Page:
Thursday, March 10, 2011
Everyone's responses were about "communication" or being known. I particularly liked the response by one writer whose family prefer speaking to writing, yet they still value the communication. Perhaps that is the piece that is hard to "fit" with kids who are at different stages on their journey toward better communication in a large societal sense: students may not take it on faith (or care) that strong communication is a skill worth having. However, it does seem that it is a human quality to want to be known (can I generalize that much?). In that sense, a person will try to achieve that through whichever manner is most comfortable, natural, convenient, or familiar. To the extent that teaching writing can link up with a student's perceived most-valuable-way-of-communicating, then writing can take off. (Geez, that was clunky! Apologies.)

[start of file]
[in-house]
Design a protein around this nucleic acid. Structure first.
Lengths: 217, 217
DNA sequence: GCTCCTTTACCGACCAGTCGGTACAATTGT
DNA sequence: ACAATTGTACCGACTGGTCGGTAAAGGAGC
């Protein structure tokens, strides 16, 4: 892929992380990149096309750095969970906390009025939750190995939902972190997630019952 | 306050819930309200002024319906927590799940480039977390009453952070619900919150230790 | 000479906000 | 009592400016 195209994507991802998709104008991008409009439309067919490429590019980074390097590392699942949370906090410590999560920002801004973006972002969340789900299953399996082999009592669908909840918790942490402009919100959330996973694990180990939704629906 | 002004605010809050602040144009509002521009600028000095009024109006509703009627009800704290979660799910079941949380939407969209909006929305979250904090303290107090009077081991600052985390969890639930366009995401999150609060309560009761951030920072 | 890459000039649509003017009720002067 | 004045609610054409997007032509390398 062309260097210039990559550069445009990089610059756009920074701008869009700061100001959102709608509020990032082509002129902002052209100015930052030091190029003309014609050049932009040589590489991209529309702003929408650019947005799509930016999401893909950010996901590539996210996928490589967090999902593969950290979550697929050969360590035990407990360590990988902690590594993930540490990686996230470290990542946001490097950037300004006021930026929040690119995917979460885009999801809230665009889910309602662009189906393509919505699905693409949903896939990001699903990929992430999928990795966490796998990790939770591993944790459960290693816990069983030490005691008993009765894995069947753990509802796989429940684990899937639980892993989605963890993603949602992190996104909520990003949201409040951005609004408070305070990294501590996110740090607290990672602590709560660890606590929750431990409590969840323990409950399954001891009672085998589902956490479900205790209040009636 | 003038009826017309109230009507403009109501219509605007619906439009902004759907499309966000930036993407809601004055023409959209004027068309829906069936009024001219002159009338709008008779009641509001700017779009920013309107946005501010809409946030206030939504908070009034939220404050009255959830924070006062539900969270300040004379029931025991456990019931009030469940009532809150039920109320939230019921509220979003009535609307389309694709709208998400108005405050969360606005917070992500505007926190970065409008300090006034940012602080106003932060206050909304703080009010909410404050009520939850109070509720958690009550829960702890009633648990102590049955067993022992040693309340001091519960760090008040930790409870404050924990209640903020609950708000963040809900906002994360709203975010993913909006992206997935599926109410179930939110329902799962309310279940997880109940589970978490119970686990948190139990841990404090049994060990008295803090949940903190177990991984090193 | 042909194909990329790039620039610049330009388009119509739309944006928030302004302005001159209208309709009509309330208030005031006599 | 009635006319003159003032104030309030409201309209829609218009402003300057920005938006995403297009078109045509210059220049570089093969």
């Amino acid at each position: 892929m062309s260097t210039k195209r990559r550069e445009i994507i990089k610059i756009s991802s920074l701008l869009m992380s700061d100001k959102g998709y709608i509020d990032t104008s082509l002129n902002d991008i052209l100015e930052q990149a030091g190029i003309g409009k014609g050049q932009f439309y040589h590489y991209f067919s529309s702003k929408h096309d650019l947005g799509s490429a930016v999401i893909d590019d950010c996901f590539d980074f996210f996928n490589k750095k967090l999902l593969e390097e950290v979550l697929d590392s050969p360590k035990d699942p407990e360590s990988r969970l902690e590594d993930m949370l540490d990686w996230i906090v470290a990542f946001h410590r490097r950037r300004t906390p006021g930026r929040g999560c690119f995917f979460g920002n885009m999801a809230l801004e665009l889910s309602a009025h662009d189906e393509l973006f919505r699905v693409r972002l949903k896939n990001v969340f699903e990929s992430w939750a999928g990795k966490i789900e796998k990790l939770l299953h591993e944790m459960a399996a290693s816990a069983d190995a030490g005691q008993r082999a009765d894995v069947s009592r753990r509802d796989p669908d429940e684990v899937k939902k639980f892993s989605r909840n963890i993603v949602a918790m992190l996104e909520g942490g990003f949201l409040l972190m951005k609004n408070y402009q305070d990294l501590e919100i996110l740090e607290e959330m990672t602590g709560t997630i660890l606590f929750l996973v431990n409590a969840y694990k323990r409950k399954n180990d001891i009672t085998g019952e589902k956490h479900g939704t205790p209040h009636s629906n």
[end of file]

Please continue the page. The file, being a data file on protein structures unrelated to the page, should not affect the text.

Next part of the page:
It seems that being known is the way to tap in, and that writing is one means of helping share pieces of yourself, of getting to be known.
...On a tangent: how is it possible to be known when class sizes just increased to 45 in California and 60 in parts of Michigan (just to pick on my husband's and my own home states, as I just read in the paper)?